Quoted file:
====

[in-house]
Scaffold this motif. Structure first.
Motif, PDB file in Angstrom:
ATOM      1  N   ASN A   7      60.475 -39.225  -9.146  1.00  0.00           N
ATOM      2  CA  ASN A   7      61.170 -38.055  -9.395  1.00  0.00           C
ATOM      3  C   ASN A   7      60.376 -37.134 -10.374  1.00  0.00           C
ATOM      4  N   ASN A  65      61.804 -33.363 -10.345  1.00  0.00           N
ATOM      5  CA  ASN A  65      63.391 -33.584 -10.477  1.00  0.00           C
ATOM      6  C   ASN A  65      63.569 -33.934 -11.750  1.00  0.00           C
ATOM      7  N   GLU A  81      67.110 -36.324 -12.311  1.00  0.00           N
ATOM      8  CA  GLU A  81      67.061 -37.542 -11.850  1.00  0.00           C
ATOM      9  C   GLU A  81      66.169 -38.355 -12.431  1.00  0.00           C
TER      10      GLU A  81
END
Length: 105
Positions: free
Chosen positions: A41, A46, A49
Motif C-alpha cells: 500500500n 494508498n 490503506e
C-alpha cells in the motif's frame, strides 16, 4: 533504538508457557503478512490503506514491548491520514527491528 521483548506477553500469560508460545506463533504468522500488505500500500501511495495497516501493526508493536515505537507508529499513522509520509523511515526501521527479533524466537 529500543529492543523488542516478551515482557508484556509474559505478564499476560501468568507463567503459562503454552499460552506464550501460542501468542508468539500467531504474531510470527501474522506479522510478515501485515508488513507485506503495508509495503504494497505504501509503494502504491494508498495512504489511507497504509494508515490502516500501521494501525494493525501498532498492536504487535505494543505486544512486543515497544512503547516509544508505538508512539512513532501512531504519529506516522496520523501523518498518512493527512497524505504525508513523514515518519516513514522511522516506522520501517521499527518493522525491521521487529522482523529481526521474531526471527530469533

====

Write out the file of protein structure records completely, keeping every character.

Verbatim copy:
[in-house]
Scaffold this motif. Structure first.
Motif, PDB file in Angstrom:
ATOM      1  N   ASN A   7      60.475 -39.225  -9.146  1.00  0.00           N
ATOM      2  CA  ASN A   7      61.170 -38.055  -9.395  1.00  0.00           C
ATOM      3  C   ASN A   7      60.376 -37.134 -10.374  1.00  0.00           C
ATOM      4  N   ASN A  65      61.804 -33.363 -10.345  1.00  0.00           N
ATOM      5  CA  ASN A  65      63.391 -33.584 -10.477  1.00  0.00           C
ATOM      6  C   ASN A  65      63.569 -33.934 -11.750  1.00  0.00           C
ATOM      7  N   GLU A  81      67.110 -36.324 -12.311  1.00  0.00           N
ATOM      8  CA  GLU A  81      67.061 -37.542 -11.850  1.00  0.00           C
ATOM      9  C   GLU A  81      66.169 -38.355 -12.431  1.00  0.00           C
TER      10      GLU A  81
END
Length: 105
Positions: free
Chosen positions: A41, A46, A49
Motif C-alpha cells: 500500500n 494508498n 490503506e
C-alpha cells in the motif's frame, strides 16, 4: 533504538508457557503478512490503506514491548491520514527491528 521483548506477553500469560508460545506463533504468522500488505500500500501511495495497516501493526508493536515505537507508529499513522509520509523511515526501521527479533524466537 529500543529492543523488542516478551515482557508484556509474559505478564499476560501468568507463567503459562503454552499460552506464550501460542501468542508468539500467531504474531510470527501474522506479522510478515501485515508488513507485506503495508509495503504494497505504501509503494502504491494508498495512504489511507497504509494508515490502516500501521494501525494493525501498532498492536504487535505494543505486544512486543515497544512503547516509544508505538508512539512513532501512531504519529506516522496520523501523518498518512493527512497524505504525508513523514515518519516513514522511522516506522520501517521499527518493522525491521521487529522482523529481526521474531526471527530469533